Is a Eurovision non-qualification a blessing in disguise?
In 2010 a tearful Anna Bergendahl was led from the green room by Sweden's Head of Delegation Christer Bjorkman.
She had just missed making the Grand Final, which saw the four-time winning nation non-qualify for the first time in their history.
But just two years later they would be holding the crystal microphone aloft, and within a decade would become the dominant force at the Contest not seen since Ireland in the 1990s.
Here in lies a great lesson for Australia after today, not qualifying isn't always the disaster it is made out to be.
Here we look at just five examples of countries who turned around their non-qualifications:
Anna Bergendah's song 'This is My Life' finished 11th in her semi-final missing the Grand Final which had followed a string of poor results for the Swedes (18th, 18th and 21st the previous three years).
The next year Christer Bjorkman introduced international juries to their national selection show Melodifestivalen with immediate success.
In 2011 Eric Saade would finish 3rd with 'Popular', one of four podium finishes for Sweden in the next five years.
Within those podiums were two victories, Loreen's 'Euphoria' in 2012 and Måns Zelmerlow with 'Heroes' in 2015.
Sweden finished the decade with eight Top 10 finishes and seven Top 5 places. A remarkable turn around for which Anna Bergendahl's non-qualification was the catalyst.
Before the 2018 Contest only five nations had 100% qualification records including Russia.
With a victory in 2008 and three podium finishes in the previous five years, Russia was a powerhouse when it came to Eurovision.
Julia Samoylova competed in Lisbon with the song 'I Won't Break' finishing 15th in the semi-final, which unfortunately did break Russia's unblemished record.
However, the nation turned it around immediately. Sergey Lazarev returned to the Contest in 2019 (after competing in 2016) to finish in 3rd place and take Russia back to the results they were used to.
This year Manizha has kept that qualifying record strong, getting through with her song 'Russian Woman' this morning.
Austria had sat out the Eurovision Song Contest from 2008 to 2010 before returning in 2011 to finish 18th, but the next two years proved it wasn't a very successful return.
Two non-qualifiers in a row including a last place in the semi-final for Trackshittaz and 'Woki mit deim Popo' saw the nation struggling.
The next year saw one of the most momentous victories in modern Eurovision with Conchita Wurst storming to a famous win.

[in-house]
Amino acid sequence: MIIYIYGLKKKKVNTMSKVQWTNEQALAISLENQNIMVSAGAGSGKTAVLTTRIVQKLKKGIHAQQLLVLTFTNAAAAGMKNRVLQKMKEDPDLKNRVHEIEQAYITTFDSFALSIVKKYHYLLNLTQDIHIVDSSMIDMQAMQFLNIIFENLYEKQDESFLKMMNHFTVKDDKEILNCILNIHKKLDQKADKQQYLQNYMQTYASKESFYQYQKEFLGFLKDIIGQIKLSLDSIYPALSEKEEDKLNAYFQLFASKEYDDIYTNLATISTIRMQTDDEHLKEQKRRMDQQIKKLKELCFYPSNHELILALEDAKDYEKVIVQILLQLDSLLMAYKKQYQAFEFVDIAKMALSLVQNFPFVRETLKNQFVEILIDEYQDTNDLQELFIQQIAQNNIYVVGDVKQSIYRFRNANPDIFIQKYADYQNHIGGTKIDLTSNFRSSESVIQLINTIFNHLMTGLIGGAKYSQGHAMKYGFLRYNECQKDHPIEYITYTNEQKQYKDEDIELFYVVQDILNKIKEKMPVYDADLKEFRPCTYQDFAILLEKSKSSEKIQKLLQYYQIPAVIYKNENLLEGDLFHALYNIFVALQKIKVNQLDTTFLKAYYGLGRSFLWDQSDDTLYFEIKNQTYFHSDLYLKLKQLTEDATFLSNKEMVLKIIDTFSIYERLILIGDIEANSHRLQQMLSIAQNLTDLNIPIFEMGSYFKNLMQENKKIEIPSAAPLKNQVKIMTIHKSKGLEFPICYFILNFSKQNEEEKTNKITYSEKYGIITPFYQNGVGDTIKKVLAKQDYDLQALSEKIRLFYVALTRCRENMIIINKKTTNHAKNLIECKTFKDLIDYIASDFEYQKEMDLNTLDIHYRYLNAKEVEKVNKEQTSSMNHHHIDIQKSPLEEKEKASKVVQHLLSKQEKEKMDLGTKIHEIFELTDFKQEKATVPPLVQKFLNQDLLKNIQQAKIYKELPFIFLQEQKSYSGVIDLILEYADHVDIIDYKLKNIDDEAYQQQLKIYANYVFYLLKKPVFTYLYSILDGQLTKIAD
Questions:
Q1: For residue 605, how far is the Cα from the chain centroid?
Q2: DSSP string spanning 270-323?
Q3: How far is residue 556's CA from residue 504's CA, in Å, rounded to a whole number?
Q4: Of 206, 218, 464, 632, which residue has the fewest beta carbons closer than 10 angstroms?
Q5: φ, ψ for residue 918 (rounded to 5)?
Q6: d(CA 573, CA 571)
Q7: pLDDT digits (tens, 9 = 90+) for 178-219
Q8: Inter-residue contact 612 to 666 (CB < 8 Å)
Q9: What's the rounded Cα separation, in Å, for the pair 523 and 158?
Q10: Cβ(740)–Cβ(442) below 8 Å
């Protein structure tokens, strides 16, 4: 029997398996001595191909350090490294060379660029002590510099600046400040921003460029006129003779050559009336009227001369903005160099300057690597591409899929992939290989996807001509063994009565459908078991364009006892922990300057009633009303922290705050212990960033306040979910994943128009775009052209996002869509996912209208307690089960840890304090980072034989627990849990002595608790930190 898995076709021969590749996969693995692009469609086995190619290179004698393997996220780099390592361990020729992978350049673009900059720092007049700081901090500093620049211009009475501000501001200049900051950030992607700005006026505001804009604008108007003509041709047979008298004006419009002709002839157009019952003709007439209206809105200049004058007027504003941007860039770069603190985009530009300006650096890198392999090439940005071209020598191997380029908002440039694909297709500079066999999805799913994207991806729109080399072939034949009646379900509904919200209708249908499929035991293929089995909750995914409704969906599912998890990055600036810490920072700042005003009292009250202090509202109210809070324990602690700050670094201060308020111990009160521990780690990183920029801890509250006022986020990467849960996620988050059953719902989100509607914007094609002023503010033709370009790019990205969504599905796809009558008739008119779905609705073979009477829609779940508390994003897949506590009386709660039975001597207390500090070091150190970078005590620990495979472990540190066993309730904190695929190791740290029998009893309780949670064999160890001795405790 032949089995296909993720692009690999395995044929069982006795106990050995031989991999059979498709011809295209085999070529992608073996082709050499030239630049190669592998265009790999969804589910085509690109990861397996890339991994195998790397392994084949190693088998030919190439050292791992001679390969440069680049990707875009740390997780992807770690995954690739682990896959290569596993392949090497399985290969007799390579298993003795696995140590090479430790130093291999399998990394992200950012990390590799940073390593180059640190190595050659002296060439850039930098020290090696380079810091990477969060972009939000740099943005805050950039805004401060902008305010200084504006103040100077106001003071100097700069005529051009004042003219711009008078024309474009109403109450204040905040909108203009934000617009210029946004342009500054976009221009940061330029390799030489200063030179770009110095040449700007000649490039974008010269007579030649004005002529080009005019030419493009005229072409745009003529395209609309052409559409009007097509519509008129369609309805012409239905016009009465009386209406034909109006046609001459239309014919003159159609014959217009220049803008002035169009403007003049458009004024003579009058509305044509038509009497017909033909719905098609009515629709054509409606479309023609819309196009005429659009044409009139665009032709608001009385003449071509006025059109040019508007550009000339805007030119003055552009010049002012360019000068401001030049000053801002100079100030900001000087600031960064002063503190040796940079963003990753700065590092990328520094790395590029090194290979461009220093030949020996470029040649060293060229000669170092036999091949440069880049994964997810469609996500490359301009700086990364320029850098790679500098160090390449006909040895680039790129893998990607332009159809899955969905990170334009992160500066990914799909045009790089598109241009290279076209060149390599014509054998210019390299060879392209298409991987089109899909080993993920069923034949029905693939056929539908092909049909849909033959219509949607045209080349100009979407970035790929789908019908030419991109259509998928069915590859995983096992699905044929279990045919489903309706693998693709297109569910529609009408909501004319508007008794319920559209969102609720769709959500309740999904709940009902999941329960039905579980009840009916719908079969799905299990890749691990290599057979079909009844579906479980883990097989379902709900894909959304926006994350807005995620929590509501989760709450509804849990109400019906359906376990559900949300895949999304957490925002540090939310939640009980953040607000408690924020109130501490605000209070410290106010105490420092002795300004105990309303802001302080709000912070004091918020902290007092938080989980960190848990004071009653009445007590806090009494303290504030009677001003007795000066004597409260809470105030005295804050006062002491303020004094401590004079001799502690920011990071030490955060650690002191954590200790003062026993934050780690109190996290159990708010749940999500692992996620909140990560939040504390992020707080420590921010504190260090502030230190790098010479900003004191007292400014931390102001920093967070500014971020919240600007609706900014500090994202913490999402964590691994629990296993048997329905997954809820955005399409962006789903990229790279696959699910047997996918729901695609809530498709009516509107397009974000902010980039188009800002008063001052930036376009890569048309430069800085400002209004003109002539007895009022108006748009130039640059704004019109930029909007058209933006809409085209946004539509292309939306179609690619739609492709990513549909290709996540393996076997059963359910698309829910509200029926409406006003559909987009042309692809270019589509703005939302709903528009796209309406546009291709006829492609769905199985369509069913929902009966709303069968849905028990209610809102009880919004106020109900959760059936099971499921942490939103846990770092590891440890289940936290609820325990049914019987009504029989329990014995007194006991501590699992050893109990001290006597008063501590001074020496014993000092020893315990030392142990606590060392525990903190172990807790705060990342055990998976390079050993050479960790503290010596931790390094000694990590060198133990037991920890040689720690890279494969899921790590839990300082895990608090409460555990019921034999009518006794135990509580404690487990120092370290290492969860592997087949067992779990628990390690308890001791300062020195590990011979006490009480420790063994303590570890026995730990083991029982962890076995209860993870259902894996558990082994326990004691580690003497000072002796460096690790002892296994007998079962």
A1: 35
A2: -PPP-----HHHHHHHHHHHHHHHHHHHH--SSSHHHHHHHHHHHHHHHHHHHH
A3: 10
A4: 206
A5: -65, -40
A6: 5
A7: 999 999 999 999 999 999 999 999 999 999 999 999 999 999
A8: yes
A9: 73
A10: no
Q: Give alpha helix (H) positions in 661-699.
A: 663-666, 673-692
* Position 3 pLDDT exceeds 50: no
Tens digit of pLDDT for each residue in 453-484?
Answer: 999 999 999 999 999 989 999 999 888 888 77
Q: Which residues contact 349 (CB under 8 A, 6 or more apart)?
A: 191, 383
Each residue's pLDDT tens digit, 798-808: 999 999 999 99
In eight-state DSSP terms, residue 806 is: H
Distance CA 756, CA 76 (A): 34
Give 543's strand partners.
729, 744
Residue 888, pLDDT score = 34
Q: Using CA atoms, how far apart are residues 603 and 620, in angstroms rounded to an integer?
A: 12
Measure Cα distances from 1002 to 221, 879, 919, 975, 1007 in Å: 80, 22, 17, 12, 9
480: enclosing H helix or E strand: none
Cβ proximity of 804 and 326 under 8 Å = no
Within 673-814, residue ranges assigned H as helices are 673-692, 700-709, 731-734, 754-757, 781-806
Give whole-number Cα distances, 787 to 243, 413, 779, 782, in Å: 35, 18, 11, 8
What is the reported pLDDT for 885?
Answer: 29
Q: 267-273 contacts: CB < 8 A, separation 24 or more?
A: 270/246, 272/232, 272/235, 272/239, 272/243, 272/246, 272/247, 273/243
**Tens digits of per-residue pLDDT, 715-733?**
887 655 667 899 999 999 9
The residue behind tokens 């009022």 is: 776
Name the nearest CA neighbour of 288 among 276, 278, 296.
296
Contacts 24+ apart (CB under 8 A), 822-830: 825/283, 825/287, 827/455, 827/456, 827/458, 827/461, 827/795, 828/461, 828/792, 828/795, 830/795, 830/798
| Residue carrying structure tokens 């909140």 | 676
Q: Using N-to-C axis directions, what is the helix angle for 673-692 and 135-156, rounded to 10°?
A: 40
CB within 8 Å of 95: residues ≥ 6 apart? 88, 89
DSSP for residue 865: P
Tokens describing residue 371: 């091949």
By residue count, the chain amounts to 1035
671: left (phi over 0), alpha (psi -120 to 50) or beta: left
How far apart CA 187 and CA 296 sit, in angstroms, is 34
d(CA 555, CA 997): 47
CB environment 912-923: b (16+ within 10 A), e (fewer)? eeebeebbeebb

She had actually lost in the national selection to Trackshittaz in 2012, which shows that her own "non-qualification" was also a blessing in disguise that allowed her to... 'Rise Like a Phoenix'!
When Azerbaijan appeared on the Eurovision scene in 2008 they made an immediate impact.
Their first six contests saw them claim a victory in 2011, make the Top 10 on every occasion and only miss the Top 5 once.
Average results followed but they still made the Grand Final every time until.... 2018.
Aisel's 'X My Heart' finished 11th in that year's semi-final of death to send Azerbaijan tumbling out of the Eurovision final for the very first time.
But they bounced back immediately. The very next year Chingiz took the song 'Truth' to Tel Aviv where he finished 8th and gave Azerbaijan their first Top 10 result since 2013.
Efendi's qualification this year with 'Mata Hari' also shows the nation is back on track.
Czech Republic were once the basket cases of Eurovision. In their first three years from 2008 to 2010 they finished last, last and second last which saw them leave the Contest for several years.
A return in 2015 saw them non-qualify in 13th with 'Love Never Dies' before making their first Grand Final with 'I Stand' in 2016 finishing 25th (with 0 televote points).
In 2017 they non-qualified again with 'My Turn' and they looked destined never to reach Eurovision greatness.
They then completely changed their approach.
They focused on getting independent young artists for their national final. They held it online only with the inclusion of international juries.
The approach saw immediate success with Mikolas Josef finishing 6th place in Lisbon (he had already turned down the 2017 song 'My Turn') and Lake Malawi finishing 11th in 2019 with 'Friend of a Friend'.
This fresh approach is another great example of rising from the ashes of a non-qualification.
So as Australian fans deal with something every modern Eurovision country has encountered (except Ukraine and those pesky Big 5 nations), we can take solace in the fact it might kick start an even stronger approach in the future.